The archaic system of two-week or three-week dealing periods, followed by a single settlement day, will go. Instead, there will be a rolling settlement system, with trades due for settlement after 10 working days.
That is easy enough to understand. You can see that it makes sense for stockbrokers, who can spread their workload so that every day becomes a settlement day.
But there is much more to the change. Ten-day settlement is not the end of the run. The plan is to squeeze the interval down to five days next year and then to three.
The old ways of doing business by sending cheques or share certificates through the post can survive a 10-day timetable. So some brokers will continue to do things as they always have done.
But they should be treating the 10-day rolling settlement system - T+10 in the jargon - as a dress rehearsal for a new way.
This will mean investors allowing their brokers to hold their certificates. They will not just physically hold the paper - they will register the certificates in a nominee name under their control.
This is probably already familiar to many investors who give their brokers or advisers discretionary management of their portfolios. But it will have to become the norm.
Crest, the paperless trading system, will reinforce the change and make the notion of ''holding' shares that only exist on computer seem even more remote. On the other side, it will be impossible to pay for shares in the old way. Either the money will have to be sitting in an account to which the broker has access, or trades will have to rely on existing shares as security.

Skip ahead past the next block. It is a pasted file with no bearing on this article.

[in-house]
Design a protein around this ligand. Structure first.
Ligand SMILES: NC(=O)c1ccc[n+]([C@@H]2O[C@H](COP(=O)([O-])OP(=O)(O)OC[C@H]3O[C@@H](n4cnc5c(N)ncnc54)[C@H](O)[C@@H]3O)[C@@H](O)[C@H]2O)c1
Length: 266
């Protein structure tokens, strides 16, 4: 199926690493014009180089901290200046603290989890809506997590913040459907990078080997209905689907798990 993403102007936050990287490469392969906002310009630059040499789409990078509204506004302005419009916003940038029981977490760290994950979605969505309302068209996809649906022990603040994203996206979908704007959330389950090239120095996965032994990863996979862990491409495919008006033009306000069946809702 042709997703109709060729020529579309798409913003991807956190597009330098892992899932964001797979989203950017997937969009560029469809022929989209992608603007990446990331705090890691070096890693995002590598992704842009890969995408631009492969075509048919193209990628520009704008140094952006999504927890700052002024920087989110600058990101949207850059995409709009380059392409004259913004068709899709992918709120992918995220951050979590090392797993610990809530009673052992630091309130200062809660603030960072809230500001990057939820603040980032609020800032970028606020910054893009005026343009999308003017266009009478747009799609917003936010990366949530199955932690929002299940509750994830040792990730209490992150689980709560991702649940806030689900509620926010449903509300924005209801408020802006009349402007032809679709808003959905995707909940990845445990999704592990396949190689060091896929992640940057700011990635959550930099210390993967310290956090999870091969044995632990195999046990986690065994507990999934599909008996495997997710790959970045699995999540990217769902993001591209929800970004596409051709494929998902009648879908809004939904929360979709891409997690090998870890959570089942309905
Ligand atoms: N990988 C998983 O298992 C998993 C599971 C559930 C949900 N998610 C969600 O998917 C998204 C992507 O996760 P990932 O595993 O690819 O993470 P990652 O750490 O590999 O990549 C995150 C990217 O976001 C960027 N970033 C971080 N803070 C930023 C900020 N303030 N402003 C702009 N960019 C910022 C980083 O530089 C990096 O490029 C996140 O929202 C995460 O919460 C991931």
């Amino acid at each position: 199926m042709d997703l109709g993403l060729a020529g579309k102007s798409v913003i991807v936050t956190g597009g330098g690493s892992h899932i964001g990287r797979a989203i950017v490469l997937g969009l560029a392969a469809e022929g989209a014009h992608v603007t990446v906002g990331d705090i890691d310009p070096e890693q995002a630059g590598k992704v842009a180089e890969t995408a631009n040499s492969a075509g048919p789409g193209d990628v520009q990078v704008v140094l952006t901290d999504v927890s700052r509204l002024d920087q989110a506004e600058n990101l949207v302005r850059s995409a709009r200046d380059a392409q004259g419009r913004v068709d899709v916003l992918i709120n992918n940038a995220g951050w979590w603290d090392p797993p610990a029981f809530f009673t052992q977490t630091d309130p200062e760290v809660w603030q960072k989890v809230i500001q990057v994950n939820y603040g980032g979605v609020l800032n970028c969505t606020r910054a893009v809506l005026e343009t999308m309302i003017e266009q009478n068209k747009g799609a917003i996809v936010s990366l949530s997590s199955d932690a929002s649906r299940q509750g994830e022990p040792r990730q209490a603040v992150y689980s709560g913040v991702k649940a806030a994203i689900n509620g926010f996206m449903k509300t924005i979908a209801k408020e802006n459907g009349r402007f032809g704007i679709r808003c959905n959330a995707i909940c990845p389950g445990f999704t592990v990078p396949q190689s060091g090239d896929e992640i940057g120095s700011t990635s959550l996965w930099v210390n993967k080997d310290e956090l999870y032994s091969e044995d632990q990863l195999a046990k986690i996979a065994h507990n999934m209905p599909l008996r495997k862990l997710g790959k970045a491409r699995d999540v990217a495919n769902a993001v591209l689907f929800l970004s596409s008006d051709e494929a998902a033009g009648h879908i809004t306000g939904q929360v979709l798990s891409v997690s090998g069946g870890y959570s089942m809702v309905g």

Ordinary credit cards cannot be used for Stock Exchange dealing, but Switch and Delta debit cards can be used, and this seems the cleanest option.
But brokers will want to encourage their clients to deal, so they may be willing to offer competitive savings rates that make an attractive parking place for cash.
Brutally, private investors do not have much say in this transformation, which is geared to the smoother working of the market for the institutions. Let's hope that the change engenders a wave of competition and that investors are not hemmed in too tightly.
THE HOUSE market is still dismally flat. Sellers despair of any interest and buyers cannot find the bargains they expect.
One estate agent, Glentree Estates, has a refreshing attitude. It has some charming cottages in Hampstead Garden Suburb to sell. It claims to be marketing these properties at 5 to 10 per cent below a realistic price. This generates a flurry of offers.
The potential buyers are then asked to put in their best offer by a certain date, and, says the estate agent, this competitive atmosphere results in a price even above the one they first thought of.
In one instance, a three-bedroom cottage was marketed at 'offers in the region of pounds 115,000'. The final price was pounds 121,516. Those extra odd pounds are the sign of a buyer who is really keen to purchase and doesn't want to be thwarted by someone with a round-numbers mentality.
It takes at least two buyers to create a bidding flurry. These tactics will not work when sellers are not prepared, or are unable, to accept a reasonable price because of negative equity. They also will not succeed where the property is defective or unattractive.
But the come-on of what seems like a cheap deal is just the right way to tempt buyers. Once tempted over the doorstep, they will stretch to get the home they really want.
LONDON TRANSPORT has its Baker Street office for lost property. The Post Office has Belfast for stray letters. But British Rail, it seems, has every station in the land as a potential depot for items lost by travellers.
It's maddening. As someone who has managed to lose two treasured but nearly valueless things on trains this week, I can't believe there isn't a way of manning offices or telephones to provide a speedy tracking service for lost objects - perhaps a premium phone line so those who want to hunt for their lost belongings would pay for the service.Reuse content